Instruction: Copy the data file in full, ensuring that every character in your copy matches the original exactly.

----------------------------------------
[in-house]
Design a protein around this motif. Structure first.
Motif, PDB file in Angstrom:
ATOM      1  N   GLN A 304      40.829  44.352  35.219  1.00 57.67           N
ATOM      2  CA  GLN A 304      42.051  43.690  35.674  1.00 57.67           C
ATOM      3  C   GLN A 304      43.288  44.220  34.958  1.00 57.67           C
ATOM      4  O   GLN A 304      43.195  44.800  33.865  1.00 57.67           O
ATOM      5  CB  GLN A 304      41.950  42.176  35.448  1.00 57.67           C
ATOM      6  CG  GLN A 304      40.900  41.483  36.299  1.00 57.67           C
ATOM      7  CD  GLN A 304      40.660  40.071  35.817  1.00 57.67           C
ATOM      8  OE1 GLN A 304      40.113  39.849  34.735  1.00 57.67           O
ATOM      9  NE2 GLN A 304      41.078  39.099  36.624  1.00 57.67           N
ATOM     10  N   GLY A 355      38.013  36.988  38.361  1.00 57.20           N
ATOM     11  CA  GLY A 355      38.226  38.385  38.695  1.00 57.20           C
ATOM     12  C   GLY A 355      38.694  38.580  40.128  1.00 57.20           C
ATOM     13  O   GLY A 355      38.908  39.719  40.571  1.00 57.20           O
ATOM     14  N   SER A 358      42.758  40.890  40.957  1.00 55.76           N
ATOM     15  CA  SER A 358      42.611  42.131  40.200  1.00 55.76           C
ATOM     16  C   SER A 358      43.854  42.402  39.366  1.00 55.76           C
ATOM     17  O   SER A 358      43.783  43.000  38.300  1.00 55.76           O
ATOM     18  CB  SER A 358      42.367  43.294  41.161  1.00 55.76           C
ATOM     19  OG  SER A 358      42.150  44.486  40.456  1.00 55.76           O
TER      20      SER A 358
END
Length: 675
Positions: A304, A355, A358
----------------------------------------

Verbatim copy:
[in-house]
Design a protein around this motif. Structure first.
Motif, PDB file in Angstrom:
ATOM      1  N   GLN A 304      40.829  44.352  35.219  1.00 57.67           N
ATOM      2  CA  GLN A 304      42.051  43.690  35.674  1.00 57.67           C
ATOM      3  C   GLN A 304      43.288  44.220  34.958  1.00 57.67           C
ATOM      4  O   GLN A 304      43.195  44.800  33.865  1.00 57.67           O
ATOM      5  CB  GLN A 304      41.950  42.176  35.448  1.00 57.67           C
ATOM      6  CG  GLN A 304      40.900  41.483  36.299  1.00 57.67           C
ATOM      7  CD  GLN A 304      40.660  40.071  35.817  1.00 57.67           C
ATOM      8  OE1 GLN A 304      40.113  39.849  34.735  1.00 57.67           O
ATOM      9  NE2 GLN A 304      41.078  39.099  36.624  1.00 57.67           N
ATOM     10  N   GLY A 355      38.013  36.988  38.361  1.00 57.20           N
ATOM     11  CA  GLY A 355      38.226  38.385  38.695  1.00 57.20           C
ATOM     12  C   GLY A 355      38.694  38.580  40.128  1.00 57.20           C
ATOM     13  O   GLY A 355      38.908  39.719  40.571  1.00 57.20           O
ATOM     14  N   SER A 358      42.758  40.890  40.957  1.00 55.76           N
ATOM     15  CA  SER A 358      42.611  42.131  40.200  1.00 55.76           C
ATOM     16  C   SER A 358      43.854  42.402  39.366  1.00 55.76           C
ATOM     17  O   SER A 358      43.783  43.000  38.300  1.00 55.76           O
ATOM     18  CB  SER A 358      42.367  43.294  41.161  1.00 55.76           C
ATOM     19  OG  SER A 358      42.150  44.486  40.456  1.00 55.76           O
TER      20      SER A 358
END
Length: 675
Positions: A304, A355, A358